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To err (meiotically) is human: the genesis of human aneuploidy

Key Points

  • Aneuploidy (trisomy or monosomy) is the most commonly identified chromosome abnormality in humans, occurring in at least 5% of all clinically recognized pregnancies.

  • About 1 in 300 liveborn infants are aneuploid, most commonly with a missing or additional sex chromosome or an additional chromosome 21 (Down syndrome).

  • About 1 in 3 miscarriages are aneuploid, with sex chromosome monosomy (45,X) and trisomy 16 being the most common.

  • Most 45,X conceptions involve loss of the paternal X chromosome; most trisomies arise from errors at maternal meiosis I (MI).

  • Abnormal levels or positioning of meiotic recombinational events (cross-overs) have been implicated in the origin of human trisomies.

  • Reductions in recombination have been observed in maternal MI-derived trisomies 15, 16, 18, and 21 and sex-chromosome trisomies, and in paternal MI-derived XXYs and trisomy 21.

  • Increases in recombination have been observed for maternal meiosis-II (MII)-derived trisomy 21, which indicates that the precipitating event for these cases probably occurred at MI.

  • Abnormally positioned recombinational events (too close to, or too far from, the centromere) have been reported for trisomies 16 and 21.

  • Increasing maternal age is the most important aetiological agent associated with aneuploidy: for women in their 40s, as many as one-third of all clinically recognized pregnancies might be trisomic. The basis of the age effect is unclear, although for certain trisomies it might be associated with abnormal recombination.

  • Genetic and/or environmental contributors to human aneuploidy are unknown, although recent reports indicate a possible association with maternal folate polymorphisms and with maternal smoking habits.

Abstract

Aneuploidy (trisomy or monosomy) is the most commonly identified chromosome abnormality in humans, occurring in at least 5% of all clinically recognized pregnancies. Most aneuploid conceptuses perish in utero, which makes this the leading genetic cause of pregnancy loss. However, some aneuploid fetuses survive to term and, as a class, aneuploidy is the most common known cause of mental retardation. Despite the devastating clinical consequences of aneuploidy, relatively little is known of how trisomy and monosomy originate in humans. However, recent molecular and cytogenetic approaches are now beginning to shed light on the non-disjunctional processes that lead to aneuploidy.

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Figure 1: Meiotic 'timelines' for humans.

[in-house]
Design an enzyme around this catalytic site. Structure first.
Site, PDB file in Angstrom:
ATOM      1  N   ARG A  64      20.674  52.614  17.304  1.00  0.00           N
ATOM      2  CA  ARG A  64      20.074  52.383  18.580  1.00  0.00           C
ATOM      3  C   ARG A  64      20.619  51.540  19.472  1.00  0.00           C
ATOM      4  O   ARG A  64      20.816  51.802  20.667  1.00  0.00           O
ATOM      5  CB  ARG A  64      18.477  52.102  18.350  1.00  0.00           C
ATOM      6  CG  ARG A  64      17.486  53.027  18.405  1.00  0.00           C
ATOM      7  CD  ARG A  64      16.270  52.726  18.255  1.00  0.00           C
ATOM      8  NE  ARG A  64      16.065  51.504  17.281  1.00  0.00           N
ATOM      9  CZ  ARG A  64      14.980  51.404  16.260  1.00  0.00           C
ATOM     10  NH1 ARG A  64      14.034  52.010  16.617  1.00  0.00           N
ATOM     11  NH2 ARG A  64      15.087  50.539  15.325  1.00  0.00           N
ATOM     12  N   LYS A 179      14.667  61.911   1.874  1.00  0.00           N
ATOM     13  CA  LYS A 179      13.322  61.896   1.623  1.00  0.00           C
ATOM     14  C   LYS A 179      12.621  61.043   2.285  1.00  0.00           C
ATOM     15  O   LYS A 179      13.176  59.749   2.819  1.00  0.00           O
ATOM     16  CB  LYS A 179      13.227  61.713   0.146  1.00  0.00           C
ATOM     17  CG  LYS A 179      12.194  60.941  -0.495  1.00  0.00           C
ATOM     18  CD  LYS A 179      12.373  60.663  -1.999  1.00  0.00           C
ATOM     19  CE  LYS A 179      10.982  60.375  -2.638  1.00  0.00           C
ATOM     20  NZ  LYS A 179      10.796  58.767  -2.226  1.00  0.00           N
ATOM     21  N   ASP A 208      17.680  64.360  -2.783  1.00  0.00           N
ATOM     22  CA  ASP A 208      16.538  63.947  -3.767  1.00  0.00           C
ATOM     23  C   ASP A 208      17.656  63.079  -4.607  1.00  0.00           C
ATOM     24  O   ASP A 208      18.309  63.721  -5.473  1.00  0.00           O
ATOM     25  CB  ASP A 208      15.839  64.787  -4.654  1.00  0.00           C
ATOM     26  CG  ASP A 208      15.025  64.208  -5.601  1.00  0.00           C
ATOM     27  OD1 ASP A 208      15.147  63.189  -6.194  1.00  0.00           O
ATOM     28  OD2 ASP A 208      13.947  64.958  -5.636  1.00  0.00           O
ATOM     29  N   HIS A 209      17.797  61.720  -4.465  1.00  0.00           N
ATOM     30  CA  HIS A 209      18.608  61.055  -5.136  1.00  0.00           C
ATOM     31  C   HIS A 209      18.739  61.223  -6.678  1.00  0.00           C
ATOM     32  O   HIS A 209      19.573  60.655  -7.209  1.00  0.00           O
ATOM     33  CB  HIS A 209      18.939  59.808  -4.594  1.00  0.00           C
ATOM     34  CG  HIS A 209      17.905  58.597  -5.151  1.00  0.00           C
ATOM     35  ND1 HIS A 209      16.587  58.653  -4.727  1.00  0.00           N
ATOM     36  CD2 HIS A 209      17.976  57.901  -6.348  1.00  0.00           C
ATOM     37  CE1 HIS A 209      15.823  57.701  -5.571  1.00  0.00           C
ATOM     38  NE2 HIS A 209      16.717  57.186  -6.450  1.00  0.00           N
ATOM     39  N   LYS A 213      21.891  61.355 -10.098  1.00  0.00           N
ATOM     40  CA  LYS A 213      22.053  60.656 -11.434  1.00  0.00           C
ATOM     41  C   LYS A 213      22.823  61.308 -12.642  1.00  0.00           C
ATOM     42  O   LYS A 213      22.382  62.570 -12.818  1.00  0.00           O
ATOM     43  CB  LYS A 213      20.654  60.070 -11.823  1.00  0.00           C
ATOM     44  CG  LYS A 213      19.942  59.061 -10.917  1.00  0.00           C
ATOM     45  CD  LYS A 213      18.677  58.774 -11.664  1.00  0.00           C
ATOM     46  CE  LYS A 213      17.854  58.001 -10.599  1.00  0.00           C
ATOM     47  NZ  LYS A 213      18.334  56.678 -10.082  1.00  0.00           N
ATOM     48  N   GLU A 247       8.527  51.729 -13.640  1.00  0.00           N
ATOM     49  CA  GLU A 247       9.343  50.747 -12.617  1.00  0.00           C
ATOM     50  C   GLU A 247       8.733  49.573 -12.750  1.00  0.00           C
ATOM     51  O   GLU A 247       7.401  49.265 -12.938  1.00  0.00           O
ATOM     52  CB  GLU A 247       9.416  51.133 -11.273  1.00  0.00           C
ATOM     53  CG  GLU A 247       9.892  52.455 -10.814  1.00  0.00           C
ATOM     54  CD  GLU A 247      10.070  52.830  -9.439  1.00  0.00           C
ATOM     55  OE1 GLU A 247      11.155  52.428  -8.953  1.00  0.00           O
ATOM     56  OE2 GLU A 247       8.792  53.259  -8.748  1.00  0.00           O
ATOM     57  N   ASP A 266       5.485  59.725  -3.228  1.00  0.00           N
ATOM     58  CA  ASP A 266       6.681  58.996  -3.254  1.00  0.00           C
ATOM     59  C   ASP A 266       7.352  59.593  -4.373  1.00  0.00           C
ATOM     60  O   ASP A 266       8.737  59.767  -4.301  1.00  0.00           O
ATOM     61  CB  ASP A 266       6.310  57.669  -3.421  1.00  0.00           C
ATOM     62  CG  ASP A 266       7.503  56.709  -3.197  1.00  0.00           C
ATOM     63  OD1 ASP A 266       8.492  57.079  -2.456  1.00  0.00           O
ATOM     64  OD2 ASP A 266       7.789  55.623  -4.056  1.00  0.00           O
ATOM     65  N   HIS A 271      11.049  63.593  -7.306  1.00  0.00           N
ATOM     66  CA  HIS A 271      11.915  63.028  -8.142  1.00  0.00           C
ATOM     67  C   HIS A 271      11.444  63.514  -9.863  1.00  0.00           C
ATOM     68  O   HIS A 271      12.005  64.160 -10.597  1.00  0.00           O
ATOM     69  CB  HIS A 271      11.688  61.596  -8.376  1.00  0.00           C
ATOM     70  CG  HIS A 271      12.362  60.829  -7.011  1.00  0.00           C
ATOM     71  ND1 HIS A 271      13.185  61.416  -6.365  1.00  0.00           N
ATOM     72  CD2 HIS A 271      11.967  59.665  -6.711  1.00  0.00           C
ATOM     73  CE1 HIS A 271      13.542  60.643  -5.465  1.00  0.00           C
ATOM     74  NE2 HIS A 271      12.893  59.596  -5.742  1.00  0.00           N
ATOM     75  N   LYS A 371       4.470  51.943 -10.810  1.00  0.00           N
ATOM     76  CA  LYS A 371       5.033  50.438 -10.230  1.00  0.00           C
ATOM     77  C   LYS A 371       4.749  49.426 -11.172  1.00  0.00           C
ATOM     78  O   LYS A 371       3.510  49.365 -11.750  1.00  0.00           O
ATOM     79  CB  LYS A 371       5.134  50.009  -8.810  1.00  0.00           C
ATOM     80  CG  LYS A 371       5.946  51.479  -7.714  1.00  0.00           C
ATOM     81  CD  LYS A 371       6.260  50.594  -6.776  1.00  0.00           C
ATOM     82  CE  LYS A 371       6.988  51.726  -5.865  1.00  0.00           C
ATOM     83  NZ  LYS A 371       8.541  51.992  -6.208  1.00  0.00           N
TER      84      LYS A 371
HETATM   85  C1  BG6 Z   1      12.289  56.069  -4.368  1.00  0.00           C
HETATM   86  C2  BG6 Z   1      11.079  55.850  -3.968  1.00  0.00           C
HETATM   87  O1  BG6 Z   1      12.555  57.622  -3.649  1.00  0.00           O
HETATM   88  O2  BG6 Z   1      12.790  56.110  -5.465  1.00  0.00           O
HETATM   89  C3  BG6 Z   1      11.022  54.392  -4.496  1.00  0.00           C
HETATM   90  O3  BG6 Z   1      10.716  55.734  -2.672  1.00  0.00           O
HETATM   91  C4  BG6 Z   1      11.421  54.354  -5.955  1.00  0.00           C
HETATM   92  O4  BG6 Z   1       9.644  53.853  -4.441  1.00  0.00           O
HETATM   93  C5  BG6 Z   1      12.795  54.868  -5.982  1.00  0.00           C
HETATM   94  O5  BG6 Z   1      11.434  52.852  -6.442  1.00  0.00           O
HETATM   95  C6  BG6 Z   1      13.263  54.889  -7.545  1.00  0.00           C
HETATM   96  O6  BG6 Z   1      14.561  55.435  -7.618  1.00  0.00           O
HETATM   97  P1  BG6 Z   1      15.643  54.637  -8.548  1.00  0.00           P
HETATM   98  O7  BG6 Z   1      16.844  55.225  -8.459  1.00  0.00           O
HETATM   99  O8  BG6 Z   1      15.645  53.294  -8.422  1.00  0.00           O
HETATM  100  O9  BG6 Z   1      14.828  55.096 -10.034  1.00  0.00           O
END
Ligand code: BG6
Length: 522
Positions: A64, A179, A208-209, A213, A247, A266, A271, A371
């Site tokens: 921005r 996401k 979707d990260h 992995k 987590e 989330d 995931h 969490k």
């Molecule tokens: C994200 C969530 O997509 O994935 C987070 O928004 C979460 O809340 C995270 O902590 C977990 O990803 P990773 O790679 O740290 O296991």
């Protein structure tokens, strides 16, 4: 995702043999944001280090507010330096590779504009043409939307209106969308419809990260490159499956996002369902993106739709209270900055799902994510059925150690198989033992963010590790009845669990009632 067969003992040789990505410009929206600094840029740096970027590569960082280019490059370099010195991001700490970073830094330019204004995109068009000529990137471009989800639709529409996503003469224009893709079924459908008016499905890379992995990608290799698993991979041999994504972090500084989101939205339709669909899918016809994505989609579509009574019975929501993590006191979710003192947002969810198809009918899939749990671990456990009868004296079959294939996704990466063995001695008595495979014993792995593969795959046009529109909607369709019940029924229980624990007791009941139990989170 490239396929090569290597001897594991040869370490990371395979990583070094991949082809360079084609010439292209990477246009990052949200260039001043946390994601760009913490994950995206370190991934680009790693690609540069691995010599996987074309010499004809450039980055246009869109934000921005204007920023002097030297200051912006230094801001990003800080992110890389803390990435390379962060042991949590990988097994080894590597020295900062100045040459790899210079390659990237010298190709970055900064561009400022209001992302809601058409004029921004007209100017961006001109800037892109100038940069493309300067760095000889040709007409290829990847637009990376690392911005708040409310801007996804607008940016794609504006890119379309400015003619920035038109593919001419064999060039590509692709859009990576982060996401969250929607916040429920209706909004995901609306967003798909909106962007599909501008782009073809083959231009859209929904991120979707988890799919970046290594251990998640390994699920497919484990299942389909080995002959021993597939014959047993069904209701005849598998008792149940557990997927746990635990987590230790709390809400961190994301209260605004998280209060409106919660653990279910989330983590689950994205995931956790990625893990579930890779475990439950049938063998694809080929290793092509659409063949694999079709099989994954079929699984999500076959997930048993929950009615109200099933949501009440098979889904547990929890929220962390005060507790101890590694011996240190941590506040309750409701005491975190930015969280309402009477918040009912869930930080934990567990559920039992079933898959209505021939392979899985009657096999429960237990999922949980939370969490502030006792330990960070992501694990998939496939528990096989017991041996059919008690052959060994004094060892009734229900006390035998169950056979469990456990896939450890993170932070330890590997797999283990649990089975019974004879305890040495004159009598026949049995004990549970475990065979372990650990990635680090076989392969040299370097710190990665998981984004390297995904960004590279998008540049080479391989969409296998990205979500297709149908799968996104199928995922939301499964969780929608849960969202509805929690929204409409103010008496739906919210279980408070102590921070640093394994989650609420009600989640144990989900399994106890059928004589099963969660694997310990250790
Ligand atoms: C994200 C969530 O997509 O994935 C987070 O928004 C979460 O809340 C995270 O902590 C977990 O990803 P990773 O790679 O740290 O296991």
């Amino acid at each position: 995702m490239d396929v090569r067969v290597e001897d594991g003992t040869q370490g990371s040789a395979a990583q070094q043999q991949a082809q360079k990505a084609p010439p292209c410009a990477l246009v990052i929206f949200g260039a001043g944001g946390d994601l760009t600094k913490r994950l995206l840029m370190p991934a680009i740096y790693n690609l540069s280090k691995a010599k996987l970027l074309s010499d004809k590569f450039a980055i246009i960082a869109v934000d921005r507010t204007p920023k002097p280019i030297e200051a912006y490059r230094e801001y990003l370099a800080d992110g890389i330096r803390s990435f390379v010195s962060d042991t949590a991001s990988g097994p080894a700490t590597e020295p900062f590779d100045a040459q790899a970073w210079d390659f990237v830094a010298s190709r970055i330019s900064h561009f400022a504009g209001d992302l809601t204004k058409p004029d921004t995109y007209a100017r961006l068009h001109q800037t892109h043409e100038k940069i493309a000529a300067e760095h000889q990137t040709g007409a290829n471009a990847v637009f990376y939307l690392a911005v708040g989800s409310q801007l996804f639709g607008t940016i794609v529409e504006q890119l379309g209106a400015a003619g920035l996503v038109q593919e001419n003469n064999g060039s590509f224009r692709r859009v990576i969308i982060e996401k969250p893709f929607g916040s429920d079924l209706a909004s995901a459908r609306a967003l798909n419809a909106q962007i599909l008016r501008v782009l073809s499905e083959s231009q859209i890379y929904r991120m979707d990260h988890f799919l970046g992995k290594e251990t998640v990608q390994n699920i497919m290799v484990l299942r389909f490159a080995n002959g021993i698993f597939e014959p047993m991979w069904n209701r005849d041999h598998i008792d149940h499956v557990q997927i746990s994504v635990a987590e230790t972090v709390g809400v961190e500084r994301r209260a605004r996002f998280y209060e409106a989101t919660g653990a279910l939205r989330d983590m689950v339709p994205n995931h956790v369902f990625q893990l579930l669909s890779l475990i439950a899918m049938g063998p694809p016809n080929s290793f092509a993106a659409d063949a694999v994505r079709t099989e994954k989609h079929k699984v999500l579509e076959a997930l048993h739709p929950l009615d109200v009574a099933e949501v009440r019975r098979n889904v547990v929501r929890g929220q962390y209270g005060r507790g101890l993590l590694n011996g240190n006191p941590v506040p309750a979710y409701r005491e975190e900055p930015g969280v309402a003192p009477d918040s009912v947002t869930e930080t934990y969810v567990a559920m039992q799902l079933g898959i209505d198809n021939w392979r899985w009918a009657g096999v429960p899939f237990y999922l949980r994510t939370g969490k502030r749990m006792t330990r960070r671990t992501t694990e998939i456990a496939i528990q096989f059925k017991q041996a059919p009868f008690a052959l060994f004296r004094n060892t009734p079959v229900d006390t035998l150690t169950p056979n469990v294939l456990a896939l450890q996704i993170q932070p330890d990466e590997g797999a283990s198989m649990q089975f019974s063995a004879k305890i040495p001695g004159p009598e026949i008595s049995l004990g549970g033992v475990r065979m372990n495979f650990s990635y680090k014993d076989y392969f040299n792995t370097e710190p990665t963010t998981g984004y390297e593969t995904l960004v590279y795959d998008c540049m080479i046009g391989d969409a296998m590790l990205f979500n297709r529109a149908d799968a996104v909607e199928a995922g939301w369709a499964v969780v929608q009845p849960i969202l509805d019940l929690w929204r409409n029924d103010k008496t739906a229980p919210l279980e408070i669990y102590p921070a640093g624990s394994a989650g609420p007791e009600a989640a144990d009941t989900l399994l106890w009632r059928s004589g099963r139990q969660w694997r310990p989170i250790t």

Figure 2: Meiotic non-disjunction.
Figure 3: Genetic maps of normal and trisomic meioses.
Figure 4: Recombination and meiosis-II-derived trisomies.
Figure 5: Molecular cytogenetic approaches to studying gametes.
Figure 6: Maternal age and trisomy.

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Acknowledgements

Research conducted in the T. Hassold and P. Hunt laboratories and discussed in this article was supported by the National Institutes of Health.

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DATABASE LINKS

trisomy 21

nod

Axs

Dub

ncd

Klinefelter syndrome

MTHFR

MTRR

SCP3

MLH1

FURTHER INFORMATION

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Patricia Hunt's lab

Glossary

ATRESIA

Apoptotic death of follicles.

POLAR BODY

Oogenesis results in only one functional gamete; the remaining products of MI or MII are the polar bodies, which contain chromosomes but virtually no cytoplasm.

GAMETE INTRA-FALLOPIAN TRANSFER (GIFT).

Assisted reproduction technique in which oocytes and sperm are mixed and placed into the fallopian tubes, where fertilization might occur.

SPECTRAL KARYOTYPING

Fluorescence in situ hybridization technique in which differentially labelled DNA probes to all chromosomes are used, making it possible to identify every chromosome in the complement in a single hybridization.

GENE CONVERSION

Non-reciprocal recombination event, in which genetic information at one allele is copied into the complementary allele.

BIVALENT

Synapsed pair of homologous chromosomes in meiosis I.

SYNAPTONEMAL COMPLEX

A tripartite, meiosis-specific structure that binds the homologous chromosomes together during meiosis I.

ANTRAL FOLLICLE

Final stage in the growth of the oocyte, when the follicle develops a fluid-filled cavity — the antrum.

PERIOVULATORY FOLLICLE

The follicle around the time of ovulation; at this stage, the oocyte, which has been suspended in prophase, will resume and complete meiosis I in response to the preovulatory surge of gonadotrophins ('LH surge').

FOLIC ACID

One of the B-vitamins; folic acid is essential for cellular methylation reactions and for de novo synthesis of nucleotide precursors in DNA synthesis.

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Hassold, T., Hunt, P. To err (meiotically) is human: the genesis of human aneuploidy. Nat Rev Genet 2, 280–291 (2001). https://doi.org/10.1038/35066065

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